God’s providence, and the oeconomy of justice. Which though the wicked deny, and deride, be. cause they see not such manifest difference as one would expect, made between the good and the bad, in the events that befal them both; yet he advises all that fear the Divine Majesty, not to be dejected and disheartened at this, nor to search with too much curiosity into God's secrets; but stedfastly resolving, that it shall not be well with the wicked, though all things flow at present according to their heart's desire, and that whatsoever the godly may suffer now, they shall find at last , that God is their friend, to look upon themselves therefore as happy men, both in the peace of their conscience in this world, and in a sure and certain hope of a better condition in the other. Upon which account he frequently inculcates this counsel, that they who are studious to fear God, and do well, being secure of God’s administration, and of the event of things, should enjoy the present good things, which his divine bounty bestows upon them, with chearful minds, and with thanksgiving to him. This discourse, (which, it must be confessed, is not altogether so methodical as some other), extends from the 9th verse of the 8th chapter, to the 13th verse of the 9th. And because he had shewn, that the event of things is not in our own counsel and in human wisdom, but in the hand of God, lest any body should be so weak or perverse, as thence to conclude, that it is the same thing, whether we act wisely or foolishly, he again makes a digression into the praises of wisdom, shewing how much it excels, folly, from the effects of both. It begins at the 17th verse, and reaches to the 4th of the 10th chapter. Where he returns to his discourses, about the mutual offices of justice between one another, both of princes and subjects. * - And then, in the six first verses of the 11th chapter, he exhorts most earnestly to li

berality and almsgiving, which is no small part of righteousness. And with that he concludes the two effects of the fear of God, wisdom and justice.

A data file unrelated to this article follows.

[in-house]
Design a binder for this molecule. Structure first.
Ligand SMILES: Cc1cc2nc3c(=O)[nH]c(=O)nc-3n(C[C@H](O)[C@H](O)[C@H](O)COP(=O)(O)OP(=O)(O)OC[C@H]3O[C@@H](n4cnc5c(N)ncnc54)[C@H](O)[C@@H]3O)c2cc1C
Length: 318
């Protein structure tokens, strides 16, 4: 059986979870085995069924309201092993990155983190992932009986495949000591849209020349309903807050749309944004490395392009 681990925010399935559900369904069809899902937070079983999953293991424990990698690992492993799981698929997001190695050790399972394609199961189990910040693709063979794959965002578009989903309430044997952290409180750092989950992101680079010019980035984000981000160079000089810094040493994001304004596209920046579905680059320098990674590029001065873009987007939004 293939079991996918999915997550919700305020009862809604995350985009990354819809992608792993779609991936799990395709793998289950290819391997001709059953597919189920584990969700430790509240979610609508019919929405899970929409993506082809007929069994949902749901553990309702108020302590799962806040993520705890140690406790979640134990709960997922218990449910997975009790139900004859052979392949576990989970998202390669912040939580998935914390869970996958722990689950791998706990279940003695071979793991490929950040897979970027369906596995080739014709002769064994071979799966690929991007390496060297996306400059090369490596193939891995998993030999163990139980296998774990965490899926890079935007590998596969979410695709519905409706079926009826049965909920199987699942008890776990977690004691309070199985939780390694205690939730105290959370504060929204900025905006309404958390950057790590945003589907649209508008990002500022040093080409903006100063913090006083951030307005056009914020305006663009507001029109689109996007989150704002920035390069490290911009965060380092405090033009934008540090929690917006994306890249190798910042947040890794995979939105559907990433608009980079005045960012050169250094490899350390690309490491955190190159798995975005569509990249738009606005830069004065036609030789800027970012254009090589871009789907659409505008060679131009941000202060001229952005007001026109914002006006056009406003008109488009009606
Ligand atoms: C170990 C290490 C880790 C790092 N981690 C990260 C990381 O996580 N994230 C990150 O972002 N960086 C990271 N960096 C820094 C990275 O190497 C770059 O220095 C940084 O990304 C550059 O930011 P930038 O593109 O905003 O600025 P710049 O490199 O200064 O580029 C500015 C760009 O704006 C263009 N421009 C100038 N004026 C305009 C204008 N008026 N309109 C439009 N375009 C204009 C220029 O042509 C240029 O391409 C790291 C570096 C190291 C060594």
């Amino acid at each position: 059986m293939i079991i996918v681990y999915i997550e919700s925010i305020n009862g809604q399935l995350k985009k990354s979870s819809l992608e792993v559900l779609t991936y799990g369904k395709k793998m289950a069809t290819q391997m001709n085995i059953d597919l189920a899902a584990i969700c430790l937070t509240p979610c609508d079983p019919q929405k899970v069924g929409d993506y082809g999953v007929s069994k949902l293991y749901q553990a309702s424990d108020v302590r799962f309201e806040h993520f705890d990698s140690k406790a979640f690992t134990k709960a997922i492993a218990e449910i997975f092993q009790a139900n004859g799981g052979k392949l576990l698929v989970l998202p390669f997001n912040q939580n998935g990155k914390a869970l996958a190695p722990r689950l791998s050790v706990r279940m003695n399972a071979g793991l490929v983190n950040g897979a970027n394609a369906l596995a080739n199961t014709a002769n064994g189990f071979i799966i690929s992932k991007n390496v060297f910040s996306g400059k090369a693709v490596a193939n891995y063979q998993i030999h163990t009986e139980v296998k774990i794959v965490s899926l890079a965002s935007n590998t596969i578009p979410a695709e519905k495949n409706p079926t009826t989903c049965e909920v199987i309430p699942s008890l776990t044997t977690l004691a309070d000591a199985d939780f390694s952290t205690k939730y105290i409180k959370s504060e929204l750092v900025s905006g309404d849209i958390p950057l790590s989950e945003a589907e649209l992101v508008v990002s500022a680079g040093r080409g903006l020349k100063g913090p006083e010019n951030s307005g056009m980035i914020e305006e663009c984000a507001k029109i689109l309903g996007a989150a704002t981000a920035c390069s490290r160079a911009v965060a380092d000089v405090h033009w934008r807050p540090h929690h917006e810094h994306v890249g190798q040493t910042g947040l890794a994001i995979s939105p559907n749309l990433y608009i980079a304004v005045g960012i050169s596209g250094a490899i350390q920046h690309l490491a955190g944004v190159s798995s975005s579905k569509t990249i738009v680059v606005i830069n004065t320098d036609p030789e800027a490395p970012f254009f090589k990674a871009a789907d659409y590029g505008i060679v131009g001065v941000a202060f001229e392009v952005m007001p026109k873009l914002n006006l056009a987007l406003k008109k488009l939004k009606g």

XIII. The rest of the work is his Peroration; in which he fully opens his opinion concernin the chief good; which he confirms to lie wholly in a truly religious fear of God. . Which there. fore he seriously exhorts every one to make their study as earnestly as possible; before dull and unactive old age, and death itself, (both which he elegantly describes), come upon us, and before we think of it, oppresses us. o

This is the method of this most excellent sermon; which I cannot but exhort all men to study diligently, and with great intention of mind, both for the author's sake, and for the matter of it. Which he handles in such a manner, as first to draw us from the desire and love of earthly things, and from the perverse use of them; and then to lead us unto the true and lawful use of them, without any offence to God, as well as without hurt to ourselves. And he teaches us how we may, without a preposterous solicitude and anxiety about events, enjoy all things in the fear of God, with tranquillity and satisfaction of mind at present ; and at last, by the same fear of God, and observance of his commandments, arrive at a never-dying felicity.

To conclude, he intersperses through the whole discourse abundance of common-places, both philosophical and theological; which are so fitted to make us every way more learned, more prudent, and more pious, that we shall find great use of them in all the passages of our lives.

XIV. Thus that learned Spaniard concludes his preface; which I have contracted, that I might set before the reader’s eyes, in one short view, both the design and the procedure of the discourse. Of the former (the design) there is no doubt; and the latter is very regular, as it will farther appear in the explication I shall give of it. Wherein I have not followed this author throughout, in every part of this division of the book, because, though for the most part I take it to be accurate enough, yet, I think, in several places I had reason to differ from him, and take another way, to make the connection more easy and natural, and the sense thereby more clear and evident. - I beseech God, that the pains I have taken herein may not be in vain, but prove an effectual means, both to make the mind of Solomon in this book better understood, and to turn all our